Consider: In October 2017, the IMF predicted 2.3 percent growth for the U.S. economy in 2018; now the forecast is 2.9 percent. For the world, growth in 2018 is expected to be nearly one percentage point higher than in 2016.
Superficially, this seems small potatoes. It isn’t. By some estimates, the size of the world economy is $130 trillion in 2018. An extra one percentage point of production translates into nearly $1.3 trillion more of clothes, cars, computers, tractors, tourism, health care — and much more.
To explain the growth surge, the IMF cites multiple causes. Businesses began to exhaust surplus production capacity, so they invested more in new plants, computers and machinery — an area of lagging spending. International trade has accelerated. The Trump tax cut will temporally spur growth. Credit conditions remain easy, despite higher interest rates. That is, the rates are still historically low.
Against this backdrop, many private economists are equally optimistic. Karen Dynan of Harvard and the Peterson Institute says the global economy is entering a “cyclical boom.” But risks remain. Both Dynan and IMF chief economist Maurice Obstfeld warn of dangers to the recovery.
One possibility is a trade war between the United States and some trading partners, including China, Mexico, Canada and Japan. “That major economies are flirting with trade war at a time of widespread economic expansion may seem paradoxical, especially when the expansion is so reliant on [business] investment and trade,” Obstfeld said at a press briefing. Even more disruptive might be a shooting war on the Korean Peninsula or elsewhere.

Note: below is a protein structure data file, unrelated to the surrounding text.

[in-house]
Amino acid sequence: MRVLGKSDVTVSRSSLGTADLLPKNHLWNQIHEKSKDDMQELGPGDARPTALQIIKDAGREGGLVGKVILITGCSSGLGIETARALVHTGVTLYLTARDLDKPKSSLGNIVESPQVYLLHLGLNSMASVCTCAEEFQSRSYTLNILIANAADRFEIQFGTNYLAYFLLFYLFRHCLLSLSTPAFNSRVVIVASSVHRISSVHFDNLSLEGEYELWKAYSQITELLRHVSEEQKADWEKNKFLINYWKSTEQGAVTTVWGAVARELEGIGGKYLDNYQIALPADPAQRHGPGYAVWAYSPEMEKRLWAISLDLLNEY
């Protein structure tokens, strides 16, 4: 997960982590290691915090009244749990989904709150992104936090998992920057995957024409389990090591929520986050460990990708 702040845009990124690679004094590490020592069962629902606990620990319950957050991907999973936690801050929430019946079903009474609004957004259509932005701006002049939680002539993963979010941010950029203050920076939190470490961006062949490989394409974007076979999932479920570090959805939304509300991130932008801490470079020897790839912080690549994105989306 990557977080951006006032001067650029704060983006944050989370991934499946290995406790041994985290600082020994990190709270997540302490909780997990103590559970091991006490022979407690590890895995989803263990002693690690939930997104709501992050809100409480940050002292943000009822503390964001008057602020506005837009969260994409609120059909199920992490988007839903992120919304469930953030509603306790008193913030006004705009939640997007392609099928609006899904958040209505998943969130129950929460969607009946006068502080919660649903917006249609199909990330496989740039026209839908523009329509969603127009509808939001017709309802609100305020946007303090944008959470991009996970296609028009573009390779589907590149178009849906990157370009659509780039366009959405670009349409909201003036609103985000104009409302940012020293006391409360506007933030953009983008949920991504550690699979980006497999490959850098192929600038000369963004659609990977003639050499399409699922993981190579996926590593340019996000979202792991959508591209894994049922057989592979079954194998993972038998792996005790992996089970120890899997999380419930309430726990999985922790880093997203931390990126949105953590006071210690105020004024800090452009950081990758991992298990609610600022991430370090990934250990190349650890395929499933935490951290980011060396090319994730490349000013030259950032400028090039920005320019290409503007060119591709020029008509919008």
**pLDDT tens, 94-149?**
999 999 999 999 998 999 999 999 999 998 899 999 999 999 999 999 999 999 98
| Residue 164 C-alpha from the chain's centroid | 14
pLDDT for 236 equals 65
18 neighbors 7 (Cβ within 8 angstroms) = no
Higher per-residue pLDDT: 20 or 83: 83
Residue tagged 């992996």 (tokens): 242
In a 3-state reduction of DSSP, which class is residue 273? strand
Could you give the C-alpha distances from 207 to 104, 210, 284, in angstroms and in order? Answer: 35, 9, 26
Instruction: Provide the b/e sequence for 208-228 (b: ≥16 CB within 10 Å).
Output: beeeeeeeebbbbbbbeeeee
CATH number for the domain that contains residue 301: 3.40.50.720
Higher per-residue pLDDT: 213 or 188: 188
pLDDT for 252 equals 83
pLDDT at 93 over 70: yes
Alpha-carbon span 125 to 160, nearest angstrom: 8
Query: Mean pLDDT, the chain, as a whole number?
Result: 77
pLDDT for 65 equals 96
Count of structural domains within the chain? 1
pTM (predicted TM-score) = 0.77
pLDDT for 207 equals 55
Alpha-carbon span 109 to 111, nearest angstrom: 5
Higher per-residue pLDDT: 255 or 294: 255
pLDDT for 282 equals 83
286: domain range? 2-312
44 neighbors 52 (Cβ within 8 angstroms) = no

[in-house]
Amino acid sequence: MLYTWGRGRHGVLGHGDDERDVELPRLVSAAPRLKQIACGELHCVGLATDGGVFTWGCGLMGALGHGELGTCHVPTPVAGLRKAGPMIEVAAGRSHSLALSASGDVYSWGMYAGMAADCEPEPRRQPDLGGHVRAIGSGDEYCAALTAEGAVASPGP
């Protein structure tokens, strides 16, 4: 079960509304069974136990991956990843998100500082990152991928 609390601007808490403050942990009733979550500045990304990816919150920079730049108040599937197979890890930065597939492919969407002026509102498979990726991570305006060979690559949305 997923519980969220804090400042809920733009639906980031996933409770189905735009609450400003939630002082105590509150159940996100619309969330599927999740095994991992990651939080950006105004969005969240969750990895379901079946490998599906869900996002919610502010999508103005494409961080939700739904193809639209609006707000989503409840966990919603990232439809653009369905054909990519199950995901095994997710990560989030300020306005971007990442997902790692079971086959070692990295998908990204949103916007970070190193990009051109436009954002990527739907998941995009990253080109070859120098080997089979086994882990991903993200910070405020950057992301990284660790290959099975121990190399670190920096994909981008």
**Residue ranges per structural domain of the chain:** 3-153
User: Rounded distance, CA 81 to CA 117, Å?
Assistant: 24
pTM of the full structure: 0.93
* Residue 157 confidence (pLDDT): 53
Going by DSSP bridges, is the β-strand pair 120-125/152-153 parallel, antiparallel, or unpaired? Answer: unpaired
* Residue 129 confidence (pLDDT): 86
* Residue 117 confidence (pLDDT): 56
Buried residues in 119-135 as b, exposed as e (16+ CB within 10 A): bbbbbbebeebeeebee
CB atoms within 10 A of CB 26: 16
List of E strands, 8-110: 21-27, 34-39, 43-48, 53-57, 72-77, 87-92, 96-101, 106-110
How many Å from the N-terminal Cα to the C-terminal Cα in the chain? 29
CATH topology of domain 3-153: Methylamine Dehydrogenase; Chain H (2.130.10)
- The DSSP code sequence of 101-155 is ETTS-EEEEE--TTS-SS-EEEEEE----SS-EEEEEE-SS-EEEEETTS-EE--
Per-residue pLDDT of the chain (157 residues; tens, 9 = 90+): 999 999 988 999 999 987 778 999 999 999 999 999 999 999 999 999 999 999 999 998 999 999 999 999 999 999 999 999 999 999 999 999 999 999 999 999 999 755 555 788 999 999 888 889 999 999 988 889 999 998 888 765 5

Perhaps the biggest danger is debt. If the world economy is overly dependent on debt — loans to households, businesses and governments — and debts are reaching (or have already reached) unsustainable levels, then there’s obviously a huge contradiction at the core of the recovery.
Glance at the table above below. It shows worldwide debts in trillions of U.S. dollars for 2001, 2007 and 2016. The data come from the IMF and (again) cover businesses, households and governments. “Emerging market” countries include China, India and other developing nations with sizable economies. Low- income developing countries are very poor — for example, Bangladesh.
Global debt, 2001-2016 (trillions of U.S. dollars)
|Low-income developing countries||0.3||0.5||1.3|
Source: IMF Fiscal Monitor April 2018
No one knows the “right” level of debt. It varies among borrowers and may change abruptly, depending on shifting economic and financial circumstances. What seems prudent Tuesday may become inadequate Wednesday.
As the table shows, total global debt is still growing. From 2007 to 2016, it expanded by 41 percent; China’s fivefold increase is noteworthy. According to the IMF, worldwide debt is now at a record high as a share of the global economy (gross domestic product), about 12 percentage points more of global GDP than in 2009 during the Great Recession.
The great fear of high debt levels is that given a recession, a runup in interest rates or some other financial surprise, business and household borrowers won’t be able to service their debts. Some will default; to avoid default, others will cut their spending. The economic consequences will be harsher recessions.
As for governments, they may face higher interest rates that crowd out other spending. (Of course, the strategic use of higher deficits to defuse recessions also is possible.) Still, governments, including ours, have trouble raising taxes or cutting spending to reduce their borrowing needs.
What would be ideal now is for the worldwide pickup in economic growth to continue so the most exposed borrowers could slowly reduce their debts while their incomes increased. The crucial question is how much the global recovery depends on more debt. If the answer is “a lot,” we are courting trouble.
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